11/06/2008 - 22:00

Analysis tool a stepping stone for XRF

11/06/2008 - 22:00

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One of the world's rarest elements, thulium, could have a big impact on the nickel industry if a revolutionary analysis technique developed by little-known company XRF Scientific takes off.

One of the world's rarest elements, thulium, could have a big impact on the nickel industry if a revolutionary analysis technique developed by little-known company XRF Scientific takes off.

XRF's nickel ore analysis technique is the world's first known commercial use of thulium.

The Osborne Park company has been granted a 20-year, worldwide patent for the technique, which director David Brown says has the potential to save mining companies millions of dollars.

If all goes to plan, it will become the world standard for the analysis of nickel ore.

Almost as rare as thulium are the people who've heard of XRF, a relative newcomer to the Australian Securities Exchange, having listed in November 2006.

With a share registry of about 500 investors and a market cap of just $9 million, Mr Brown said it was fair to describe the company as sitting in on the bottom rung of the ASX.

"We've been all about organic growth until now, and that growth has been significant, but to grow to the next tier we need to look outside," he said.

"We have an acquisition strategy in place and we plan, over the next few years, to lift ourselves into that next tier," he said.

"We've got a lot of world-first technology in the existing six manufacturing arms of the business, and we are actively looking for other companies that do complementary work or have products that fit with our core business."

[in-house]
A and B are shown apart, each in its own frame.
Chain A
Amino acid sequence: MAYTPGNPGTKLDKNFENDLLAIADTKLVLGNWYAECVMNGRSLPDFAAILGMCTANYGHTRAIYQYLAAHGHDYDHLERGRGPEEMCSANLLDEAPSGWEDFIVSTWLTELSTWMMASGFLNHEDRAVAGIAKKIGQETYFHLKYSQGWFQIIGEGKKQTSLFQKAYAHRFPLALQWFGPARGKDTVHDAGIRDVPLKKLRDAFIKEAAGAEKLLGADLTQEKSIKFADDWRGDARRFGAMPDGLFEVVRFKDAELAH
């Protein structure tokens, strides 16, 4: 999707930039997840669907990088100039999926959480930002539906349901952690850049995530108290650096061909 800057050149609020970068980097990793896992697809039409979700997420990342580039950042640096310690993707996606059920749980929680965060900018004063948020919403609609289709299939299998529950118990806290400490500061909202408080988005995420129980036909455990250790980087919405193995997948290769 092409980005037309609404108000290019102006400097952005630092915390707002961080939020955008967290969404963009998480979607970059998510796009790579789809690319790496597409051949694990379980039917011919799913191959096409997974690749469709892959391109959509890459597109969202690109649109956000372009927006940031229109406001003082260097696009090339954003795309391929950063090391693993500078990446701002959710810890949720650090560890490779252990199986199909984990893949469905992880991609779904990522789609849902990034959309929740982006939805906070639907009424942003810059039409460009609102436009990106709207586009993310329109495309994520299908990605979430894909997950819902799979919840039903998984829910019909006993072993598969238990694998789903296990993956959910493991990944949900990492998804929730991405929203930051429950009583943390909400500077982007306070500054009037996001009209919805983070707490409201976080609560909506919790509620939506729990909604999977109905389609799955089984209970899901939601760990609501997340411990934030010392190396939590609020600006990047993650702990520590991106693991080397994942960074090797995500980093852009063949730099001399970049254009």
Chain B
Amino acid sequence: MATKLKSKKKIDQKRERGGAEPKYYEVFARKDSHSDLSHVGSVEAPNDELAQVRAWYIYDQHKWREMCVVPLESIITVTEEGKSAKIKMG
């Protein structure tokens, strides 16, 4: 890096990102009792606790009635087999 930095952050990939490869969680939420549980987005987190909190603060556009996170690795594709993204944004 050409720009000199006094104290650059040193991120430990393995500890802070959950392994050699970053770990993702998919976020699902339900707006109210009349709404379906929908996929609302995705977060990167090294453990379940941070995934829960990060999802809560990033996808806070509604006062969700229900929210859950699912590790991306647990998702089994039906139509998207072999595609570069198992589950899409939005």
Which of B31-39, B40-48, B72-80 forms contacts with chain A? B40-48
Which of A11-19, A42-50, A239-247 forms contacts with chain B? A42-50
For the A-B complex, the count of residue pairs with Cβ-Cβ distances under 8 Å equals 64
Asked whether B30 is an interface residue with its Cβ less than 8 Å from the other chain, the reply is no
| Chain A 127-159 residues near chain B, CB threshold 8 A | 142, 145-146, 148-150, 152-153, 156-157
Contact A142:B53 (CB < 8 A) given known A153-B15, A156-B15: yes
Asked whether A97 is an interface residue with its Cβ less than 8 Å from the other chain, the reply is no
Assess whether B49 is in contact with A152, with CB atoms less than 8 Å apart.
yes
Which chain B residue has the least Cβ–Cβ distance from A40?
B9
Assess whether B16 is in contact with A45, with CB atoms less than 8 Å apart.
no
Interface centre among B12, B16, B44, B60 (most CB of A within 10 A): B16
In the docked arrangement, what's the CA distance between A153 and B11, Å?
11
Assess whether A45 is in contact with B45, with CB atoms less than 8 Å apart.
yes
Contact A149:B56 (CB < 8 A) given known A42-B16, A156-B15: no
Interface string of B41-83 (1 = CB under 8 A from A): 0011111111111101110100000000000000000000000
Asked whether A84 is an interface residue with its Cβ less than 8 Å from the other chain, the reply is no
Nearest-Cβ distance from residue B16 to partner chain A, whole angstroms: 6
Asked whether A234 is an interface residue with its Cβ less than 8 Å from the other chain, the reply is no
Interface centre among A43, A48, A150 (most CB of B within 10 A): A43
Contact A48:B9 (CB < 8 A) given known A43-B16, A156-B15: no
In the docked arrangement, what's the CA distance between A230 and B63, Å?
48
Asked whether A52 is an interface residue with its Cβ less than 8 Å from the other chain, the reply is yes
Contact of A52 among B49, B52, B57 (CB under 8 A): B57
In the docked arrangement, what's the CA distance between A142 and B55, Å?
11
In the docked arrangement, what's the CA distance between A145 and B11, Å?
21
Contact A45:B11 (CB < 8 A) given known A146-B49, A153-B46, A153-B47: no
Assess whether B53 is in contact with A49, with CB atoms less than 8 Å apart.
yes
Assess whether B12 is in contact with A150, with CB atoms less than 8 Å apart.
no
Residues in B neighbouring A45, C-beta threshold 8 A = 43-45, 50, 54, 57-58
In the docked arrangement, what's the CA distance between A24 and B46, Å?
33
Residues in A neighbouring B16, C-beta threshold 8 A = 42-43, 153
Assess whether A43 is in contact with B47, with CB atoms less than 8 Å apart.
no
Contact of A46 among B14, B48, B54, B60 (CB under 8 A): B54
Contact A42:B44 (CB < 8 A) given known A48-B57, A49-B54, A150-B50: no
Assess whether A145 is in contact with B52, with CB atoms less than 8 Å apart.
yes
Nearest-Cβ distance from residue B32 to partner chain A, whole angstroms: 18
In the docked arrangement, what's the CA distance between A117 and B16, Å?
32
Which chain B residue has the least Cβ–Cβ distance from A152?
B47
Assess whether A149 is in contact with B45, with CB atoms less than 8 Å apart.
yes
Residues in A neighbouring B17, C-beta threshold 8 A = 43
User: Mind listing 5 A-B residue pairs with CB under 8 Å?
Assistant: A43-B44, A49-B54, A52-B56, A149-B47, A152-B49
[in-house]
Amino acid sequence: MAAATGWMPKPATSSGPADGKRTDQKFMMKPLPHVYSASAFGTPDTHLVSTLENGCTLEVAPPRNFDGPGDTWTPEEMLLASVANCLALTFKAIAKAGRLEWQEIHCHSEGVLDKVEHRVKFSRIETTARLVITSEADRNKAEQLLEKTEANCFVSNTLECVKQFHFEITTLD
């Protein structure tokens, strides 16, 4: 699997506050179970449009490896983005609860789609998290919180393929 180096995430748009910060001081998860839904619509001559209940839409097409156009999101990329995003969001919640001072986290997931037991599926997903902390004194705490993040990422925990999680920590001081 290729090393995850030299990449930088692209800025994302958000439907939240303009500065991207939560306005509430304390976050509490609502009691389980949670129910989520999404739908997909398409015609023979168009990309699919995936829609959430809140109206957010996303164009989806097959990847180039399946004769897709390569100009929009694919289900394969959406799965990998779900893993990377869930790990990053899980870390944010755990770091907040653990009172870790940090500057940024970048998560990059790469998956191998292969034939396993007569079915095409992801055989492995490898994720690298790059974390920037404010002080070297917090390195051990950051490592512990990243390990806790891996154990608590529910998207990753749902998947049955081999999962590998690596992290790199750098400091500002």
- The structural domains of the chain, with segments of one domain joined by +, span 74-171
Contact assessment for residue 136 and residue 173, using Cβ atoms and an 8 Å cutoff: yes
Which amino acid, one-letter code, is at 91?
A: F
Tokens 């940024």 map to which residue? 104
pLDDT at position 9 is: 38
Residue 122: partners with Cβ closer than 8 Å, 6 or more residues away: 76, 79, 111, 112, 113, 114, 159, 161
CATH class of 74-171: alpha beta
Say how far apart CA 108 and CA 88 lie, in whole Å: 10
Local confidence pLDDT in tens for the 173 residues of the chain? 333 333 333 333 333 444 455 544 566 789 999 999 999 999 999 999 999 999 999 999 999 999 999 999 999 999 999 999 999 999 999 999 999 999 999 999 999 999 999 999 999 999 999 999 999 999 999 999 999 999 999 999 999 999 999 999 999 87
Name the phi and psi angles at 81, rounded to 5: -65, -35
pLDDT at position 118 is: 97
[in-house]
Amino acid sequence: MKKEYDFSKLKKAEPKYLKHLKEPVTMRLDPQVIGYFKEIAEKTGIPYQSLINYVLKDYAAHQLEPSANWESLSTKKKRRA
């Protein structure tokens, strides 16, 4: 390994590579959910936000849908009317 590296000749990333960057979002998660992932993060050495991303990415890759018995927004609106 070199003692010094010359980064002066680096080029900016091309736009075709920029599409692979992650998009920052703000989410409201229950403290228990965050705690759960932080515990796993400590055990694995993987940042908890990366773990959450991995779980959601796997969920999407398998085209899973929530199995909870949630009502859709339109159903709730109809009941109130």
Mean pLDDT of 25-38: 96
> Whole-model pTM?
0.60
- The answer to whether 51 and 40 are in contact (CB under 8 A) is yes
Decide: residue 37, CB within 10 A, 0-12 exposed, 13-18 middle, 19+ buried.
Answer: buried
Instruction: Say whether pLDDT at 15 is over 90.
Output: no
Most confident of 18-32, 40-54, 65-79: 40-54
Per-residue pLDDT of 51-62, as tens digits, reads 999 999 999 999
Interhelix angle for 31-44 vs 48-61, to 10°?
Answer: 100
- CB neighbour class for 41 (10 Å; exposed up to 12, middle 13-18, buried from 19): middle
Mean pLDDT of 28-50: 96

With an issue price of 20 cents a share, XRF rose to a high of 26 cents on its first day of trading but then took a bumpy ride down to five cents a share by May 19 this year.

An ASX announcement on the thulium patent sparked a rebound to 12 cents by June 3, before settling back to 10 cents at last week's close.

Mr Brown said the share price was not a surprise given the tightly held nature of the company's shares.

"Most of the shares are held by the owners of the original six companies that came together under the umbrella of XRF and those shareholders understand the value of what they're holding," he said.

Mr Brown came into XRF as the owner of the company X-Ray Flux Pty Ltd, which he founded in 2001 to commercially manufacture X-ray flux - the material that is melted with ore to allow X-ray analysis.

The other businesses that come under the XRF Scientific banner are involved in the supply of equipment and technology for X-ray ore analysis.

Mr Brown said the companies had a range of world-first technologies on the drawing board, including a revolutionary method of analysing ore samples using laser instead of X-rays.

"The X-ray machines currently used are huge big multi-million dollar pieces of equipment, whereas the laser machines we're developing are just little desk-top jobs that we anticipate will be able to do a similar job at a much reduced cost," he said.

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